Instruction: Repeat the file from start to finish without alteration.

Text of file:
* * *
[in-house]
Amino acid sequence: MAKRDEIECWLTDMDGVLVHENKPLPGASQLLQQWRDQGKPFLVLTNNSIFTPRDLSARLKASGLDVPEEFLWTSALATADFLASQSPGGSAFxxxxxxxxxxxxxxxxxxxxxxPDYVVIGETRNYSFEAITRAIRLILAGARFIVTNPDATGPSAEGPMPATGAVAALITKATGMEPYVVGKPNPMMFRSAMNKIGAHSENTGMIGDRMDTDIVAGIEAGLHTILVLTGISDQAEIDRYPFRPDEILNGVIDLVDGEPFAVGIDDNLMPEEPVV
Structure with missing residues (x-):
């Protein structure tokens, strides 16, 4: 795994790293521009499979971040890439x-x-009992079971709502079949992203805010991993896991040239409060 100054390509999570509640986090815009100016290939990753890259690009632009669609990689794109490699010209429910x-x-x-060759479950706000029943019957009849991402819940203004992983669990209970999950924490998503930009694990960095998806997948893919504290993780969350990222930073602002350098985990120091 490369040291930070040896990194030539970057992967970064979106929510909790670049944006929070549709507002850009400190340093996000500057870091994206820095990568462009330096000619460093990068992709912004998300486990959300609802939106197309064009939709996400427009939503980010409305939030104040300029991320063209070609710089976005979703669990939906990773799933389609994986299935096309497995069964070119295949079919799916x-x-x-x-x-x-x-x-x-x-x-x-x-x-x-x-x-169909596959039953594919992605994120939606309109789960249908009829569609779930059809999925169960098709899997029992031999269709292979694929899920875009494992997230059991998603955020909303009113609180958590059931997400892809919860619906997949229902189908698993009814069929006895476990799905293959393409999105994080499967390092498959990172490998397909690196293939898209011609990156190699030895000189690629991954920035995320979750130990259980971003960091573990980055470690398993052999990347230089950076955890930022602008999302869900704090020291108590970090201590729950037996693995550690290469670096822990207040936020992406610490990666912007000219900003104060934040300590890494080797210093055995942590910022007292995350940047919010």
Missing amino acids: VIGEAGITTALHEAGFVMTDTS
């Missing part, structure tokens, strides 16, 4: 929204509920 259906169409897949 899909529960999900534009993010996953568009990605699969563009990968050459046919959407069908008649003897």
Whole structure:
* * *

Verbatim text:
[in-house]
Amino acid sequence: MAKRDEIECWLTDMDGVLVHENKPLPGASQLLQQWRDQGKPFLVLTNNSIFTPRDLSARLKASGLDVPEEFLWTSALATADFLASQSPGGSAFxxxxxxxxxxxxxxxxxxxxxxPDYVVIGETRNYSFEAITRAIRLILAGARFIVTNPDATGPSAEGPMPATGAVAALITKATGMEPYVVGKPNPMMFRSAMNKIGAHSENTGMIGDRMDTDIVAGIEAGLHTILVLTGISDQAEIDRYPFRPDEILNGVIDLVDGEPFAVGIDDNLMPEEPVV
Structure with missing residues (x-):
């Protein structure tokens, strides 16, 4: 795994790293521009499979971040890439x-x-009992079971709502079949992203805010991993896991040239409060 100054390509999570509640986090815009100016290939990753890259690009632009669609990689794109490699010209429910x-x-x-060759479950706000029943019957009849991402819940203004992983669990209970999950924490998503930009694990960095998806997948893919504290993780969350990222930073602002350098985990120091 490369040291930070040896990194030539970057992967970064979106929510909790670049944006929070549709507002850009400190340093996000500057870091994206820095990568462009330096000619460093990068992709912004998300486990959300609802939106197309064009939709996400427009939503980010409305939030104040300029991320063209070609710089976005979703669990939906990773799933389609994986299935096309497995069964070119295949079919799916x-x-x-x-x-x-x-x-x-x-x-x-x-x-x-x-x-169909596959039953594919992605994120939606309109789960249908009829569609779930059809999925169960098709899997029992031999269709292979694929899920875009494992997230059991998603955020909303009113609180958590059931997400892809919860619906997949229902189908698993009814069929006895476990799905293959393409999105994080499967390092498959990172490998397909690196293939898209011609990156190699030895000189690629991954920035995320979750130990259980971003960091573990980055470690398993052999990347230089950076955890930022602008999302869900704090020291108590970090201590729950037996693995550690290469670096822990207040936020992406610490990666912007000219900003104060934040300590890494080797210093055995942590910022007292995350940047919010």
Missing amino acids: VIGEAGITTALHEAGFVMTDTS
């Missing part, structure tokens, strides 16, 4: 929204509920 259906169409897949 899909529960999900534009993010996953568009990605699969563009990968050459046919959407069908008649003897």
Whole structure: